Noah Purifoy Outdoor Desert Art Museum: it’s really weird.

“I do not wish to be an artist. I only wish that art enables me to be.” – Noah Purifoy

The Castle.

**Note: This blog got a bit wonky when I added the photos, my apologies. This is not a wordy blog, but I still wanted to add as many photos as possible.**

Nestled in a corner of the California desert, down a worn, bumpy dirt road in Joshua Tree, sits an outdoor museum that is interesting and very unique.

Located at 63030 Blair Lane, Joshua Tree, California 92252, it is not to everyone’s taste and in all honestly, it was not to mine. However, I know art is subjective, and what one dislikes, another loves. I believe in being respectful yet honest about my travel experiences, since sugarcoating or lying does my readers a disservice. I may not be a large blog, but I believe in sharing the truth with my handful of readers, whatever that truth may be.

And for the Noah Purifoy Outdoor Desert Art Museum, my truth is that I was left feeling very underwhelmed and confused.

In pictures the “exhibits” look intriguing, interesting, and cool. However, up close and personal, it kind of just looks like junk put together. While I know art is subjective and abstract, I simply did not understand it. Having said that, on the flip side, many will love this museum and find it really intriguing, interesting, and cool.

The Toilet Sculpture.

Whichever category you fall in, I still suggest giving this museum a visit if you are in the area. Only a short, 15-minute drive from the entrance of the gates to Joshua Tree National Park, it is completely free and entirely outdoors. There is a donation box front and center, and of course donations are always appreciated.

There are no labels or names on any of the exhibits and you just meander around with really no rhyme or reason. When we arrived around 4pm,. there was barely anyone there. I’d say in total, there were 4 other people, with a family arriving as we were leaving around 4:45pm.

Since the exhibits are nameless, I will give them my own names. Some that stood out to me were: Tire Welcome Sign, TV Land, Bicycle Hut, The Castle, the Patriotic Toilets, the Toilet Sculpture, Silo Thing, Tower of Chairs, Chicken Shack, Bowling Ball Newton’s Pendulum, Metal Sticks, Creepy Mickey Mouse, Adrian’s Little Theater (the only one with an actual name), Tire Triangle, Shack Hut, and Abstract Trash Pile.

Tip: Pick up a booklet with map at the donation box. Hopefully, it will be stocked when you’re there. It is not super helpful in figuring out which exhibit is which, but it is useful. Another tip is to research the museum online before attending. You will be able to read about each exhibit which will contribute to your understanding. I will link the official website further down.

About the artist and museum: as stated in the name, it was created by Noah Purifoy (1917 – 2004). He was known not only for this outdoor art museum, but also for his work in Watts, California. He is the co-founder of the Watts Towers Art Center, which is why I was surprised I didn’t enjoy the outdoor museum that much. I’ve been to the Watts Towers, albeit years ago, and I really liked it, thinking it was so crazy and cool looking.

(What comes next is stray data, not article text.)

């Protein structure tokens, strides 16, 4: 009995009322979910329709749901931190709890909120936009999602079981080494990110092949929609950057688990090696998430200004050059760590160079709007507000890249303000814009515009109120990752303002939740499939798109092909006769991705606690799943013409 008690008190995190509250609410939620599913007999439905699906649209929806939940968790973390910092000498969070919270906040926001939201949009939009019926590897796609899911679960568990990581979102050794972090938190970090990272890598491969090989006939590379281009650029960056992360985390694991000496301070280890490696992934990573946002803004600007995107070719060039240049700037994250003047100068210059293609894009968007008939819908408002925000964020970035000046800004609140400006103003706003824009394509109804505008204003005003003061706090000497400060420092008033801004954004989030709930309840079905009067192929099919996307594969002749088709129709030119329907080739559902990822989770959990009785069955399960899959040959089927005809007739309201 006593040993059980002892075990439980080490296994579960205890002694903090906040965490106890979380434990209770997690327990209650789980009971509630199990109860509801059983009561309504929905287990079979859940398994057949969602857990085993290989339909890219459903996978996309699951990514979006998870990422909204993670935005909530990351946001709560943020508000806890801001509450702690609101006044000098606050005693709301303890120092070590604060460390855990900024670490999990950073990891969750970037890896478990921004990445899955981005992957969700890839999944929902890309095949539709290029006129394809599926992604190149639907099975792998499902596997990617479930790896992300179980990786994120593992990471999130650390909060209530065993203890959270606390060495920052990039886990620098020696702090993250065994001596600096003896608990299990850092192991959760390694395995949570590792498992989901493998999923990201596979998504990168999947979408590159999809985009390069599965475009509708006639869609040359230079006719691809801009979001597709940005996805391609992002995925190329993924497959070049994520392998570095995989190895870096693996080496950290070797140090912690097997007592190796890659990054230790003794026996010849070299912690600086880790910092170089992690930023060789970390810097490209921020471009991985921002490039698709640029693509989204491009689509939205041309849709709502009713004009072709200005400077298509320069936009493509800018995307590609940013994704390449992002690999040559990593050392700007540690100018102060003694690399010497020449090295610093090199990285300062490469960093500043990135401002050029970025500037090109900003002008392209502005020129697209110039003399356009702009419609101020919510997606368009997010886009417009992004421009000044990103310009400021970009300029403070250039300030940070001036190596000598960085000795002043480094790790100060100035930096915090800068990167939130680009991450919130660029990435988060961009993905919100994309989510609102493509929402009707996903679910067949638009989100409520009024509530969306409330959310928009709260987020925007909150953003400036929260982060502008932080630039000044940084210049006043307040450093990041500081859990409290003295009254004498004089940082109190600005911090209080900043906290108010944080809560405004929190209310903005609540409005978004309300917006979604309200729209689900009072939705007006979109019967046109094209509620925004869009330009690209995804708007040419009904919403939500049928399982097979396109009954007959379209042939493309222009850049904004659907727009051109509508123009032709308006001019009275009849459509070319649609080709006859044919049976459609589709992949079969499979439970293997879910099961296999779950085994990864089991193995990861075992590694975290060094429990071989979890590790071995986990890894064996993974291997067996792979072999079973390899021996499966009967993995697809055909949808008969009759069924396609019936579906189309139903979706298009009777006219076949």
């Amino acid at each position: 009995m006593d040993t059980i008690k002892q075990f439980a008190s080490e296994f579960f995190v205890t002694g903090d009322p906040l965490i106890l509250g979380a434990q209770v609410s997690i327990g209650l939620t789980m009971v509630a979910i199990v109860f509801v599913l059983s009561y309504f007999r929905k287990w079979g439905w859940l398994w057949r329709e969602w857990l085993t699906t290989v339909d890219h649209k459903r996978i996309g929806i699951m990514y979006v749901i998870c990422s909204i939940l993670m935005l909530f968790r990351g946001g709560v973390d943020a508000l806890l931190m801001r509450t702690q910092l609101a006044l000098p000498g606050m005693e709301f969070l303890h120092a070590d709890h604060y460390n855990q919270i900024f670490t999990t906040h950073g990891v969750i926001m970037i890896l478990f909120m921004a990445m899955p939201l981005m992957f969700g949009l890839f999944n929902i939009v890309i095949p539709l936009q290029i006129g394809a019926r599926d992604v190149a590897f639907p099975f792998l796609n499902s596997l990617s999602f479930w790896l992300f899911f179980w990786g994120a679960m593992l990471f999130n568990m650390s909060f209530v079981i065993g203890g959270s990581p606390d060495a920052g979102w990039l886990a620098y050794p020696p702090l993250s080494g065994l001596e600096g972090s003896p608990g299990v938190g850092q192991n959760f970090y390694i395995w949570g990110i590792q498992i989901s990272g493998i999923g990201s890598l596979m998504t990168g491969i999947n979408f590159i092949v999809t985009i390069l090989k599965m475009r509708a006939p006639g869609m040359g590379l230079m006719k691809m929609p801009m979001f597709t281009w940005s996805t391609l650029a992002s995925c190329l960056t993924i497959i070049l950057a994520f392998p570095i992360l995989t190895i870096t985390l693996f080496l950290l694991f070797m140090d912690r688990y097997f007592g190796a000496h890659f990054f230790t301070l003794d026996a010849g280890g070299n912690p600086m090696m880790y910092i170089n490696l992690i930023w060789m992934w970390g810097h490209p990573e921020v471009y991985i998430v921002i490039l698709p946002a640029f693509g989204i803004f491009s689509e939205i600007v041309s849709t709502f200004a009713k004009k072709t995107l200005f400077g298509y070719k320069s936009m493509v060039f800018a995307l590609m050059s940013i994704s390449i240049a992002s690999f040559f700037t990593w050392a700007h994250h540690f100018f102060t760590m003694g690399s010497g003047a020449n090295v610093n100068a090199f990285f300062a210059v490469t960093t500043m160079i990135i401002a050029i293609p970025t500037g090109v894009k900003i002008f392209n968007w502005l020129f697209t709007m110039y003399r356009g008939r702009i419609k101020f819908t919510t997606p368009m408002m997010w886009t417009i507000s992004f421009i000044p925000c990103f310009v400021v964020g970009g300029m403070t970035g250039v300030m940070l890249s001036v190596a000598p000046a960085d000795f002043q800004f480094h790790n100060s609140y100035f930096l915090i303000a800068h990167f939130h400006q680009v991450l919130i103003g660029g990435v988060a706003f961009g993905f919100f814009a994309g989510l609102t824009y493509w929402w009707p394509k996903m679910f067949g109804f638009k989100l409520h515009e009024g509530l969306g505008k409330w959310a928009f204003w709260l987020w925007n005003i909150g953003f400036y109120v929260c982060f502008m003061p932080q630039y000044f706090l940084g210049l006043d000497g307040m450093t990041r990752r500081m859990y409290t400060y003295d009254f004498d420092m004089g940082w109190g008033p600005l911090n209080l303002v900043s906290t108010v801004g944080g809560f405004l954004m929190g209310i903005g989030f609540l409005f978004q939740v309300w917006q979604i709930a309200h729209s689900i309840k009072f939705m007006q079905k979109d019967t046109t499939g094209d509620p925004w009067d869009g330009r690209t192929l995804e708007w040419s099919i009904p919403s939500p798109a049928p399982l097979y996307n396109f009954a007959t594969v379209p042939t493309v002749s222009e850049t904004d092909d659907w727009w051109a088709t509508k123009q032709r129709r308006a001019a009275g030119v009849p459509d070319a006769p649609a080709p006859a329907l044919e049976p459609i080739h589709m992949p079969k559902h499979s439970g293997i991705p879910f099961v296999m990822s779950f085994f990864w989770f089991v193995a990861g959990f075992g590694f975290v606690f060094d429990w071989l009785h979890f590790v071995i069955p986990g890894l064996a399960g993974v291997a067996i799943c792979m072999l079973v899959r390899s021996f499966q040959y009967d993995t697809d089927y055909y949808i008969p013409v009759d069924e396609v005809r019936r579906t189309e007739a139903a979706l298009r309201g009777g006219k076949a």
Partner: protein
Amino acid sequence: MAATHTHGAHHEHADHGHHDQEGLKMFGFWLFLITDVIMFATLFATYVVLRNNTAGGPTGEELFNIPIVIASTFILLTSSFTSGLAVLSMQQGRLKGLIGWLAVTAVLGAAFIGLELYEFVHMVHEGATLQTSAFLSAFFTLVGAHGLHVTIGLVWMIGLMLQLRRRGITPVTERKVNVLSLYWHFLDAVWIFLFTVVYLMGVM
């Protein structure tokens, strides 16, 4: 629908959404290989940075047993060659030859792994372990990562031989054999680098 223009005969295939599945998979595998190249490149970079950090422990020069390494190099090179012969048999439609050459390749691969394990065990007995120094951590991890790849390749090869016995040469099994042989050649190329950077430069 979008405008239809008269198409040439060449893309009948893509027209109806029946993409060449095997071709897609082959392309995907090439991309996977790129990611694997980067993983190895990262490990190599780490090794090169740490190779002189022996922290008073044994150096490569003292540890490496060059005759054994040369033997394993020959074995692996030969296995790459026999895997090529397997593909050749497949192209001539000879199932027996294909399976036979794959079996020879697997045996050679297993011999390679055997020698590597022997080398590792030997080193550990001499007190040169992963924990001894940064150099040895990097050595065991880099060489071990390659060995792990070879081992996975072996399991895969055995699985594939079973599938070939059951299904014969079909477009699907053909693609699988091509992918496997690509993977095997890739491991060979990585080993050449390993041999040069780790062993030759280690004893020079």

Patriotic Toilets.

Purifoy started the museum in 1989 after moving to the Mojave Desert from Los Angeles. It took him years to build it to what it is today, and he continued creating and building until he passed away in 2004 at the age of 89. According to his foundations official website, “He lived for the last 15 years of his life creating ten acres full of large-scale sculpture on the desert floor. Constructed entirely from junked materials, this otherworldly environment is one of California’s great art historical wonders.” Since his passing, the museum is maintained and preserved by the Noah Purifoy Foundation.

The Chicken Shack.

Official website link: http://www.noahpurifoy.com/

Important notes: I would not advise wearing sandals or flip flops to the museum. Like I mentioned, it’s completely outdoors and it sits on sand, not dry, packed dirt. There is no concrete or stone paths. Also, there are no restrooms. If you need to use the restroom, I strongly suggest going somewhere before heading to the museum. Otherwise, you will have to use the “restroom” by one of the nearest Yucca trees, if you catch my drift. This is especially important for those with young children.

Abstract Trash Pile.

Overall, I think the Noah Purifoy Outdoor Desert Art Museum is worth a visit if you are ever in the Joshua Tree or Twenty-nine Palms areas. It’s not hard to find and my GPS took us right to it. If you are a true art lover and can/will appreciate abstract art, it is perfect for you. If you aren’t, but are curious about abstract art, it’s also perfect for you. My 4-year-old really enjoyed it, because to her it was a bunch of really big and crazy looking things, so I don’t think kids would be bored if you brought them. And if you go near sunset, you can get some really pretty photos.

TV Land.

Hours:

Sun up to sundown.

2 thoughts on “Noah Purifoy Outdoor Desert Art Museum: it’s really weird.

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